Adelaide’s SXWZD (Sex Wizard) are set to release their second album, ‘Grey Matter/White Matter‘ on CD, LP and Digital formats on October 19th via Clarity Records / Shock. Pre-orders have now commenced and you can secure you copy of the album [Here] with a few options already close to selling out. To find out a little more about the album and how it all came together, the band took the time this week to answer our On The Record questions. Expand this post to take a read.
Tell us about the release title.
The new record is called Grey Matter / White Matter. It came about from a pressure cooker think tank evening involving a couple of us who knew that we’d faffed about for 13 months without even thinking about a title and suddenly realising we needed one. The titles you missed out on were Blood.Sugar.Sex.Wizard, Wizard Camp, Digital Afghan Rug… what a shame.
Tell us about the artwork.
One of the ex-wizards, bass-player-formerly-front-man-of-jungle-fever-fame-Gabe-Delaine did the artwork. The idea was to have something that wasn’t stereotypically hardcore looking and it stemmed from Jiggzy sending these low resolution geometric black and white patterns to Gabe who then adapted it to a dot pattern design and obnoxiously repeated so that it gives everyone a headache. He also was the brainchild of the clear varnish print just to throw some more confusion into the mix. We all really love the simplicity of it and we’ve had Gabe do our previous album and he was responsible for all of the Jungle Fever art. He definitely has an eye for design and knows how to make something memorable.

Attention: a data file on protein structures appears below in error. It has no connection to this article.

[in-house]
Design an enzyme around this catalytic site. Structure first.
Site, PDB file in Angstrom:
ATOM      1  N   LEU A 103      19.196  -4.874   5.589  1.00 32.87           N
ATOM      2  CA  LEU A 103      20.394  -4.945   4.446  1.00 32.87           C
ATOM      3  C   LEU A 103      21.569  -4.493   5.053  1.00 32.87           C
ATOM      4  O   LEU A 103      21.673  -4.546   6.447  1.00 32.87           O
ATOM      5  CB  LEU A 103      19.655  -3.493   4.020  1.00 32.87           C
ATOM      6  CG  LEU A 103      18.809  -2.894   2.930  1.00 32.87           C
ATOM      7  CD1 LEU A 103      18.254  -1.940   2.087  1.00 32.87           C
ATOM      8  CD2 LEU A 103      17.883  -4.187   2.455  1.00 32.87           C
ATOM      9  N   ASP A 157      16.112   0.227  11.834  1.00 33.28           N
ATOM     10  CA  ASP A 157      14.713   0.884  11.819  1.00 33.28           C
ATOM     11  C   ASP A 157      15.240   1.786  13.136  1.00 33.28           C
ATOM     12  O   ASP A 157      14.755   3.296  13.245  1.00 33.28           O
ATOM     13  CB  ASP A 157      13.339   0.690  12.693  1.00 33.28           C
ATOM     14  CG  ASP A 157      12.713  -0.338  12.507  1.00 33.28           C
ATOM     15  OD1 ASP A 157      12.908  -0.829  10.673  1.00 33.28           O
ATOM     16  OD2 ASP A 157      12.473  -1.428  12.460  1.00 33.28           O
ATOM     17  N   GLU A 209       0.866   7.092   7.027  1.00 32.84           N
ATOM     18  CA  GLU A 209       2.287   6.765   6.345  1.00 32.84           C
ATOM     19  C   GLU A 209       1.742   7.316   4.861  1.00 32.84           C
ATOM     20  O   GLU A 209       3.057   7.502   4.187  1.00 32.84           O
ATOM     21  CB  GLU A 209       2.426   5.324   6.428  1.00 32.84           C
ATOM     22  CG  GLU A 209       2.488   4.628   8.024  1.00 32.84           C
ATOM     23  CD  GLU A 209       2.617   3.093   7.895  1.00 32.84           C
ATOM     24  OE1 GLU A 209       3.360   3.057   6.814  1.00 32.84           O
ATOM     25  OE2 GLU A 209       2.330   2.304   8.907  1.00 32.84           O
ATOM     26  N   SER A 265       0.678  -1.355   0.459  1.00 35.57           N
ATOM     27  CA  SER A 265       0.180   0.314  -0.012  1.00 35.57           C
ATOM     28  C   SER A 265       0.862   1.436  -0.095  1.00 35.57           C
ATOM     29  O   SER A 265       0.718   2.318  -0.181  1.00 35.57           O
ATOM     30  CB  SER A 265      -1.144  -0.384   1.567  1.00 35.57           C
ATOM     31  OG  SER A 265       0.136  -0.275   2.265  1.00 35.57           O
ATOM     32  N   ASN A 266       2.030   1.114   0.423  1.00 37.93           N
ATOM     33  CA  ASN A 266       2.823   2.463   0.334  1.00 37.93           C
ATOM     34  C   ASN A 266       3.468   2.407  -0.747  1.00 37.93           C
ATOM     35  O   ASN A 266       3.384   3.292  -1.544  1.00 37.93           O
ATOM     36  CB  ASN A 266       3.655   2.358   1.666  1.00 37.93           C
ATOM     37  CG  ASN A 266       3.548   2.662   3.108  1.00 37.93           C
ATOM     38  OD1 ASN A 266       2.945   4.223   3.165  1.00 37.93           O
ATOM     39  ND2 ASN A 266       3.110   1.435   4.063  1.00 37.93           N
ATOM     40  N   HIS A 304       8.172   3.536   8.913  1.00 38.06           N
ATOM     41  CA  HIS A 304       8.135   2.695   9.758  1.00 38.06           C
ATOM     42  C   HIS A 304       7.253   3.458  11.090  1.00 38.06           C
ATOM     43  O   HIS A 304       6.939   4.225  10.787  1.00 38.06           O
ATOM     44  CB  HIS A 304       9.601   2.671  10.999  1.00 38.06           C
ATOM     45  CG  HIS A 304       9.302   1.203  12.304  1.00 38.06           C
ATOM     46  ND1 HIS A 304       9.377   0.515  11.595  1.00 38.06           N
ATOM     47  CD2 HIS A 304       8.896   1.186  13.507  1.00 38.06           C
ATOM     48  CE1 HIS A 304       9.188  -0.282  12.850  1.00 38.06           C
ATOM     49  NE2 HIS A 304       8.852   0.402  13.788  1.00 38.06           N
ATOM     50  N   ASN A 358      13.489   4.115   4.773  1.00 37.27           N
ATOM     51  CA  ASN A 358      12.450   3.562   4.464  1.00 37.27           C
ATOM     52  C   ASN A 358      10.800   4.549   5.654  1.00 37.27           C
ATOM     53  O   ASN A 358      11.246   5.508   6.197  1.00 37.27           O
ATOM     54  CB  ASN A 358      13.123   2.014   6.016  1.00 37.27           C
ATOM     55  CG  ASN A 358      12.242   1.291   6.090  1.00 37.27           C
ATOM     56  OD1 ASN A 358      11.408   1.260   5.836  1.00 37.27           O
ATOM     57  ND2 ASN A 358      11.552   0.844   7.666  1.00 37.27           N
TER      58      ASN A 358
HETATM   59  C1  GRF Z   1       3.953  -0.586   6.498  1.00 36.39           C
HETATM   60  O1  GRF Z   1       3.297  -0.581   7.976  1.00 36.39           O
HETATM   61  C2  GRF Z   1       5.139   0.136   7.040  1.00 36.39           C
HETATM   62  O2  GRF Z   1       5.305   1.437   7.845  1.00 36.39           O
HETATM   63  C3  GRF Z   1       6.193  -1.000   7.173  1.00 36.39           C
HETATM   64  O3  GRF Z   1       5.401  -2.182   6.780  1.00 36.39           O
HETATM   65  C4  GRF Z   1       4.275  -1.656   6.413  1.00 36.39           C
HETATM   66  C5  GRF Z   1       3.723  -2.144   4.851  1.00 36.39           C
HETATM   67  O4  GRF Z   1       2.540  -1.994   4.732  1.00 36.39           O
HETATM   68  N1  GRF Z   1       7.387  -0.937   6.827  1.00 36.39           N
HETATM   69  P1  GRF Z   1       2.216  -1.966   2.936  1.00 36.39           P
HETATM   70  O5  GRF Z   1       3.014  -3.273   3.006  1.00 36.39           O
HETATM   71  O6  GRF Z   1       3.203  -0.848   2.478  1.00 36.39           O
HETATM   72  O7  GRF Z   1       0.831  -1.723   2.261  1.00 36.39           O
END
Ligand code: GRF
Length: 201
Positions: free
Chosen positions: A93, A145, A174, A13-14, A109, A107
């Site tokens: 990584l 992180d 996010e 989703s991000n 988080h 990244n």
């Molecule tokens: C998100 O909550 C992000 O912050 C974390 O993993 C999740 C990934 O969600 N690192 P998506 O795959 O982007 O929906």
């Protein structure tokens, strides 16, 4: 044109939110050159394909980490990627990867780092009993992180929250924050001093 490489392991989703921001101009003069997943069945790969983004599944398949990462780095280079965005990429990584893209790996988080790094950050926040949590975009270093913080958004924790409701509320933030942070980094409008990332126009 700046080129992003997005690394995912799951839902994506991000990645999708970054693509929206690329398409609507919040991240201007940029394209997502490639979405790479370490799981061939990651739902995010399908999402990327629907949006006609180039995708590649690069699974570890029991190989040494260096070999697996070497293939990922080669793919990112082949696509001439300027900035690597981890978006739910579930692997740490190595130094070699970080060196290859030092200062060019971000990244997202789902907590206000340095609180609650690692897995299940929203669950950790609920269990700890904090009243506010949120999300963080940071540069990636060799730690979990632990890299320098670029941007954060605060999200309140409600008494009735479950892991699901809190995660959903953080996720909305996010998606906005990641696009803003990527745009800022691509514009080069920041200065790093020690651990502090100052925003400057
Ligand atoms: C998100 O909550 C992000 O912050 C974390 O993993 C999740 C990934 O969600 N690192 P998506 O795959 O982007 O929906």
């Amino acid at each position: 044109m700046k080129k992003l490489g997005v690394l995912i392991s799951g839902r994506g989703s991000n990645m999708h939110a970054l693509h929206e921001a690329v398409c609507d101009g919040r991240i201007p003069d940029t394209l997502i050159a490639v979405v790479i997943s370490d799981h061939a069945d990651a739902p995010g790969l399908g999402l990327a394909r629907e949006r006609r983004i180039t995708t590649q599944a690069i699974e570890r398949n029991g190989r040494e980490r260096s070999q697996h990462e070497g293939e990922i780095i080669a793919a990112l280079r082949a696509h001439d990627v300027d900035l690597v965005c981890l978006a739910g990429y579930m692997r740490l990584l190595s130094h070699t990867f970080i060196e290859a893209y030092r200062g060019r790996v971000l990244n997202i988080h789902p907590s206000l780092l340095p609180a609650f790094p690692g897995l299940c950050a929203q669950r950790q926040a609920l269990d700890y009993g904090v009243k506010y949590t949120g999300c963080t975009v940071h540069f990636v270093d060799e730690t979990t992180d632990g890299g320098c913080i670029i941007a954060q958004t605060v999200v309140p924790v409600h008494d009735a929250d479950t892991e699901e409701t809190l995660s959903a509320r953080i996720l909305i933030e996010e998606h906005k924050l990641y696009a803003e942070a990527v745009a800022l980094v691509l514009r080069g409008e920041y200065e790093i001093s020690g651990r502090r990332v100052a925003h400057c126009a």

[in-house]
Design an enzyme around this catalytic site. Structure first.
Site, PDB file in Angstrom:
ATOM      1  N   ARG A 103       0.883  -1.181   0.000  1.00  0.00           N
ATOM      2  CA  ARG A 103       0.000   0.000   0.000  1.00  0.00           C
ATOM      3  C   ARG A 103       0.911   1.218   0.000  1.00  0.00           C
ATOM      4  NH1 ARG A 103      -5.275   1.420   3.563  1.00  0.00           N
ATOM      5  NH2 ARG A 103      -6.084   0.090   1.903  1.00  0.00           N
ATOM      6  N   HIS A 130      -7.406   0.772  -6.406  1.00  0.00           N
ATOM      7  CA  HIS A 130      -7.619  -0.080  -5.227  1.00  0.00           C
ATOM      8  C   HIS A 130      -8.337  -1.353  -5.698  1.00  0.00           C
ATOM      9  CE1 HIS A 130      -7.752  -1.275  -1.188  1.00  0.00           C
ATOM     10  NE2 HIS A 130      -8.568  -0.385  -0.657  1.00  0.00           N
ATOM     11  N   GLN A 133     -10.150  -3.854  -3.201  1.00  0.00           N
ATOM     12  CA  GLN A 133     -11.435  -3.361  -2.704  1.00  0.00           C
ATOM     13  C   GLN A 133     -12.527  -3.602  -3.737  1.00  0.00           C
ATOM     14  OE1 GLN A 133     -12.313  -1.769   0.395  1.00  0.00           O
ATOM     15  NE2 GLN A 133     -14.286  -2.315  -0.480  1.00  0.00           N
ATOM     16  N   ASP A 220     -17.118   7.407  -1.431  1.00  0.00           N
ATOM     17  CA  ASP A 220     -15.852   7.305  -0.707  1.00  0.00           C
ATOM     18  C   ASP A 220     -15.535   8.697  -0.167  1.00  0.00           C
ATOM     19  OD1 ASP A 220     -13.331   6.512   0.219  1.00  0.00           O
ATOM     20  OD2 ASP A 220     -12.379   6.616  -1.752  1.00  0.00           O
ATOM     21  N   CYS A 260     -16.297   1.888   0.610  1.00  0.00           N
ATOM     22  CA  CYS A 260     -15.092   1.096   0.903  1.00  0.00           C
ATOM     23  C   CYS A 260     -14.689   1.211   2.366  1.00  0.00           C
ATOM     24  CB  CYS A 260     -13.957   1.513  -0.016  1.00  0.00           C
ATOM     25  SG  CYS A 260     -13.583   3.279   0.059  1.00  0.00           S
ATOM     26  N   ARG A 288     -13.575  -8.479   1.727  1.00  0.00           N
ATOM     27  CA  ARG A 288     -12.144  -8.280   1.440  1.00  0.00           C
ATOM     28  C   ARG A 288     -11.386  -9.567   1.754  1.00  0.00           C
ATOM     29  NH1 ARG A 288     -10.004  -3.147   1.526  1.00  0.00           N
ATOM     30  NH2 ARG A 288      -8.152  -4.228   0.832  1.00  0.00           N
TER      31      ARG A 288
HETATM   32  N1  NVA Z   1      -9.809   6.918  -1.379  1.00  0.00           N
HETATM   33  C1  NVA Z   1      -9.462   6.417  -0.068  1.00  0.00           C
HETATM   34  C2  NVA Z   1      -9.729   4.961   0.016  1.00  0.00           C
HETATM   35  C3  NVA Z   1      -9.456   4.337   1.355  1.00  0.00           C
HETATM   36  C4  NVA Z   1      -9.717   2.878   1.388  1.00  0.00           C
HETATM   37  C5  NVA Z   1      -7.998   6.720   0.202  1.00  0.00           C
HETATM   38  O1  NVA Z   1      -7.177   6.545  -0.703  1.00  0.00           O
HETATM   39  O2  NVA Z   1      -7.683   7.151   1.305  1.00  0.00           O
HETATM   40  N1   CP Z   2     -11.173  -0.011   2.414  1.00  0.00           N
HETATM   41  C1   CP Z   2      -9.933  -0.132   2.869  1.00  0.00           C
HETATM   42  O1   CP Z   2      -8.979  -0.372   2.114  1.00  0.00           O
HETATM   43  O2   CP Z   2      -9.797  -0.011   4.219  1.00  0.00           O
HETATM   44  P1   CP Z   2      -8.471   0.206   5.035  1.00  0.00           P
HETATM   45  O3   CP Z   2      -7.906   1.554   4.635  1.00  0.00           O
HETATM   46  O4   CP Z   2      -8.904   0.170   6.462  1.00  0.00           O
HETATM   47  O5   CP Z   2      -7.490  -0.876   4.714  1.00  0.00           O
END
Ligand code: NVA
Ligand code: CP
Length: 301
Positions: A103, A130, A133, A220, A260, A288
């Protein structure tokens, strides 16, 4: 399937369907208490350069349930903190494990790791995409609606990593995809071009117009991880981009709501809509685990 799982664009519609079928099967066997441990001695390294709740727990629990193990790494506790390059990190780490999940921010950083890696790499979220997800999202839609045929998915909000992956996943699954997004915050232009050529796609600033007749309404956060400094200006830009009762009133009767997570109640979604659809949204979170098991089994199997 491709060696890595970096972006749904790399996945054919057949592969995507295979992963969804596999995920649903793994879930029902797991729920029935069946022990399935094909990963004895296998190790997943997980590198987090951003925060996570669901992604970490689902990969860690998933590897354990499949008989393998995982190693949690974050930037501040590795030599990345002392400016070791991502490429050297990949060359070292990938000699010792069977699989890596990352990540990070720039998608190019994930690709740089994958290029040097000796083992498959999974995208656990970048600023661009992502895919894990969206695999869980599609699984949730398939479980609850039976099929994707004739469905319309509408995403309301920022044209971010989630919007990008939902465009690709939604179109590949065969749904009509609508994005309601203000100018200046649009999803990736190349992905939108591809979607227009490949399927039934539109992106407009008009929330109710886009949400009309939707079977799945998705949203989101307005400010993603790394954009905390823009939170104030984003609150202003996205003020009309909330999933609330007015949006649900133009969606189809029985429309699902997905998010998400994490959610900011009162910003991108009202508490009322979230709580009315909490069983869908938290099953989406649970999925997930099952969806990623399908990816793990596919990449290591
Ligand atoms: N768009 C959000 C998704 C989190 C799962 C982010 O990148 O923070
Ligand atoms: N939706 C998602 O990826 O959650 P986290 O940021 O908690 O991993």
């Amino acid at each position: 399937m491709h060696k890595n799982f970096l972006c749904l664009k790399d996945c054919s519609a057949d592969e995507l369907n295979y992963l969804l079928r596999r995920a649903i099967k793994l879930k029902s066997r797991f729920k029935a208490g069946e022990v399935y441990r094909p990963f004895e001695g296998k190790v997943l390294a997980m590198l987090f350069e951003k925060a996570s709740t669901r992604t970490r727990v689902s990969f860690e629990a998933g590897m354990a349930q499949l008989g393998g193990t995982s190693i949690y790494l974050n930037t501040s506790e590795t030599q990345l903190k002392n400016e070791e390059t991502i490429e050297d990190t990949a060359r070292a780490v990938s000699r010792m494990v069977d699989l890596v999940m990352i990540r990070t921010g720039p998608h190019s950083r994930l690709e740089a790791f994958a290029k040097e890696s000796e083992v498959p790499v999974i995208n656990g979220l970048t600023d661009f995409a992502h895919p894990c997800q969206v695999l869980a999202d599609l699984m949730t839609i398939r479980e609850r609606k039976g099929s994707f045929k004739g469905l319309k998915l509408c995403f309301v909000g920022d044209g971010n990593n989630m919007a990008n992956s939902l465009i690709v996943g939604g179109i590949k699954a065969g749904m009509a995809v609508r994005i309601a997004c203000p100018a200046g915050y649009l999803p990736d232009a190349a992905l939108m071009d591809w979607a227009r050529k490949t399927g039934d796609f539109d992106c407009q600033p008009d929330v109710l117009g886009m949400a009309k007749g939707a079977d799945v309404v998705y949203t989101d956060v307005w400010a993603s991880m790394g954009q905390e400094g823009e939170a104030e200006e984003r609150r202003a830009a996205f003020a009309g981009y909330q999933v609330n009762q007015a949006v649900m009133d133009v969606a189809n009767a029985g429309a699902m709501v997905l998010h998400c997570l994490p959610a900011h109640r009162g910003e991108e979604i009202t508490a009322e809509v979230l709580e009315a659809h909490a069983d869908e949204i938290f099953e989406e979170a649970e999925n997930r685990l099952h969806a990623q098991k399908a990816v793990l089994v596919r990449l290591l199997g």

What format/s will it be released on and how will it be packaged?
Release will be on cd digi-pak, vinyl (limited run of colour and also black) and of course, post-Y2K digitally downloadable.
Who will it be released through, and when?
The amazing Mr Football at Clarity Records will be releasing this on his Clarity label! It will be available nationally through Shock distribution and out 19th October 2012.
Tell us about the studio and why you chose to record there?
We recorded at Capital studios, which was convenient since we jam there, and our drummer Jimmy runs the place. It’s a mixture of being a studio and his man cave since he lives a showerless life there in sub-zero conditions over winter. I don’t know much about the specifics of a recording studio, well at least the names of things so I’ll try my best. It has a couple of rooms with glass in them, a few upside down doors, lots of black leads, some of which don’t go anywhere, a nice big desk with colourful lights and buttons, great sounding live room, good monitor speakers and of course the token random person who no one seems to know who is just lurking inside the building.
Tell us about the producer / engineer and why you chose to record with them?
The whole band effectively works as a producer of the album in terms of the sounds we want, song structure etc so that’s a no brainer. Our engineer was Jimmy (aka James Balderstone) who is one of the drummers in the band. We chose to record with him for all the obvious reasons that I won’t go into but it also gave us more control and time over what we wanted to do. It was both a blessing and a curse for us as we definitely took way longer than we should have doing this record and much of it was stressful as whenever you work internally manners are never withheld so there were some explosive times over the past year. However, we’re stoked with how it all turned out so that was just part of the colourful and slow journey!